The discovery of a new precise, efficient, and highly versatile gene editing technique, which could be used to correct up to 89 percent of known genetic diseases, is all over the press.
"A major aspiration in the molecular life sciences is the ability to precisely make any change to the genome in any location. We think prime editing brings us closer to that goal," said senior scientist David Liu in a press release. "With prime editing, we can now directly correct the sickle-cell anemia mutation back to the normal sequence and remove the four extra DNA bases that cause Tay Sachs disease ..."
"Prime editing is the beginning," added Liu as reported by BBC News, "rather than the end of a long-standing aspiration in the molecular life-sciences to be able to make any DNA change in any position of a living cell or organism, including potentially human patients with genetic diseases."
"Prime editing offers a new way to make changes to DNA while avoiding some of the drawbacks and clunkiness of traditional CRISPR," notes Smithsonian Magazine. "Where the familiar CRISPR technique fully cleaves a strand of DNA in two, often creating some tiny, inadvertent genetic changes as byproducts, prime editing begins by slicing just one of the two strands of the double helix. The method is sleeker, less invasive, and offers the potential for precision genetic editing."
It seems likely that, when perfected and made available for clinical trials and operational therapies, prime editing could be a godsend for those who suffer from genetic diseases.
Of course, some people are only able to complain. "But should Crispr also be used to 'correct' deafness, for example, and by extension, eradicate a rich and vibrant deaf community?" asks The Guardian. This question is worthy skepticism, I think.
BBC News notes that the big challenge for gene editing therapies is "getting the molecular machinery that is capable of performing these edits into the right parts of the human body and to ensure they are safe." Motley Fool agrees.
Prime Gene Editing May Correct Most Genetic Diseases
Scientists at Broad Institute of MIT and Harvard University have developed a new CRISPR genome-editing approach, called “prime editing.” It is capable of directly editing human cells in a precise, efficient, and highly versatile way.
A research paper published in Nature describes prime editing’s ability to precisely correct gene variants that cause two diseases. To correct sickle-cell anemia, it requires the conversion of a specific T to an A. To correct Tay Sachs disease, it requires the removal of four DNA letters at a precise location in the genome.
Prime editing is based on combining CRISPR-Cas9 and a reverse transcriptase. The scientists are persuaded that prime editing has the potential to correct up to 89 percent of known disease-causing genetic variations.
Anti-Cancer Effects of Drug Derived from Turmeric
Researchers at Nara Institute of Science and Technology have found out how an experimental drug agent stops cancer cells from growing. Pentagamavumon-1 (PGV-1), an analogue of a molecule found in turmeric, was already indicated as possibly having anti-cancer effects.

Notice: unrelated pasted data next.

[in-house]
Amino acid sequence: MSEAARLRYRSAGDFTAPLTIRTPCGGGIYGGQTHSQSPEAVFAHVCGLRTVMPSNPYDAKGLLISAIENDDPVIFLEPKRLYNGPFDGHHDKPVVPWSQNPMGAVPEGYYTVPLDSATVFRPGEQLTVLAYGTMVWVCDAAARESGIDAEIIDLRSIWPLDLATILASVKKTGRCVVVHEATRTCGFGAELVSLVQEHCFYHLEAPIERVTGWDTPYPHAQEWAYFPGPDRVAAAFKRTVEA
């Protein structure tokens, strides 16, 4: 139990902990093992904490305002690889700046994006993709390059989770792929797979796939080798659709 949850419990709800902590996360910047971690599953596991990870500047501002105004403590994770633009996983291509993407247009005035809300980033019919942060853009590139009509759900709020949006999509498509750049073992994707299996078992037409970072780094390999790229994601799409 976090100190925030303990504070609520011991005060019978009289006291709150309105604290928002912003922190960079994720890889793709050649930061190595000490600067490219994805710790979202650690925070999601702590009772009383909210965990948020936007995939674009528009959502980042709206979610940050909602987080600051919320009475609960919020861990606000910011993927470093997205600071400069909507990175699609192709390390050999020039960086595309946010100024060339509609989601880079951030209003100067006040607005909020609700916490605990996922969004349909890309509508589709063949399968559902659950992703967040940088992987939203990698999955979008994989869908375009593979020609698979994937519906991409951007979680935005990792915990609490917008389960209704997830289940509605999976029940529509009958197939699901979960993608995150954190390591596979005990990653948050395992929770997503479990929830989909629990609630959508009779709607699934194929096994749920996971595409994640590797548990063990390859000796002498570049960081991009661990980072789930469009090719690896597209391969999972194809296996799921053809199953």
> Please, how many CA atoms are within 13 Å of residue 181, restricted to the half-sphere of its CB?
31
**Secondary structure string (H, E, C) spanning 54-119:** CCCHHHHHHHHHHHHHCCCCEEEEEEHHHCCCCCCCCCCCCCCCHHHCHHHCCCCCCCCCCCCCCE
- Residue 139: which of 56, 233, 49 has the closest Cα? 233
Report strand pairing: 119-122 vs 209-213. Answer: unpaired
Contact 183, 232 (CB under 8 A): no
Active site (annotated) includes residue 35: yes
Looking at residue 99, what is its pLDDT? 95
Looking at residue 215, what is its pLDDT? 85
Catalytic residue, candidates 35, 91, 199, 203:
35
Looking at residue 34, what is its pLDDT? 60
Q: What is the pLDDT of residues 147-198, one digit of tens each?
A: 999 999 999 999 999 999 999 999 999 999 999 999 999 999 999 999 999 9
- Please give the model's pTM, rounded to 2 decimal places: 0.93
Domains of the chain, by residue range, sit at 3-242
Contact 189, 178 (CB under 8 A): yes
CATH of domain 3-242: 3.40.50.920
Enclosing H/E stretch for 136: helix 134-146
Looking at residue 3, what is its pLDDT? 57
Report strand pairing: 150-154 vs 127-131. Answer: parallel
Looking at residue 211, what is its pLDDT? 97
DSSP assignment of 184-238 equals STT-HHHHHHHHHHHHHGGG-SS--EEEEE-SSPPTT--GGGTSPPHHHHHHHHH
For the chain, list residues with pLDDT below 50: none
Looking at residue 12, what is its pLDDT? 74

In a new study published in Scientific Reports, tests on cancer cells and animals reveal that these anti-cancer effects come from PGV-1 inhibiting a series of enzymes responsible for the metabolism of reactive oxygen species.
This finding is expected to clarify how modifications to PGV-1 will lead to its use for cancer treatment.
Toward More Effective Cancer Immunotherapy
Scientists at Washington University have found a way for cancer immunotherapy to spur a more robust immune response.
Much immunotherapy for cancer is designed to prompt immune cells called killer T cells to attack the cancer cells. But a research paper published in Nature suggests recruiting other T cells, called helper T cells. With the helper cells, the immune system is more likely to respond to fight cancer.
The research results could lead to the development of better cancer vaccines and more effective immunotherapy drugs called checkpoint inhibitors.
Nanotechnology Delivers Drugs to Cancer Cells
Researchers at Washington State University and Pacific Northwest National Laboratory have developed a precise and non-toxic treatment that targets lung cancer cells at the nanoscale. It is able to effectively kill the cells even at a low dose.
The researchers used biologically-inspired nanotubes to deliver cancer-killing drugs in a targeted manner.
As reported in a study published in Small, the researchers tested the nanotubes on lung cancer cells and found that they delivered the chemotherapy drug doxorubicin directly into the fast-dividing cancer cells. It resulted in highly efficient cancer killing while using less chemotherapy drugs.
Bioprinting Living Cells and Tissues
Scientists at Vienna University of Technology have developed a high-resolution bioprinting process.
The process permits embedding cells in a 3D matrix, printed with micrometer precision, at a printing speed of one meter per second. This is orders of magnitude faster than previously possible.
Tissue growth and the behavior of cells can be controlled and investigated particularly well by embedding the cells in a delicate 3D framework.
The new bioprinting technique is described in a research paper published in Advanced Healthcare Materials. It could enable production of tailor-made tissues using stem cells.
Radiotherapy for Pancreatic Cancer
Researchers at Osaka University and University of Heidelberg have tested a new radiotherapy technique. It sends alpha-emitting particles to stroma cells in pancreatic tumors.
The method is described in a study published in Journal of Nuclear Medicine.
It slowed tumor growth in laboratory mice with minimal side effects. This points to a potential treatment option for patients with pancreatic cancer.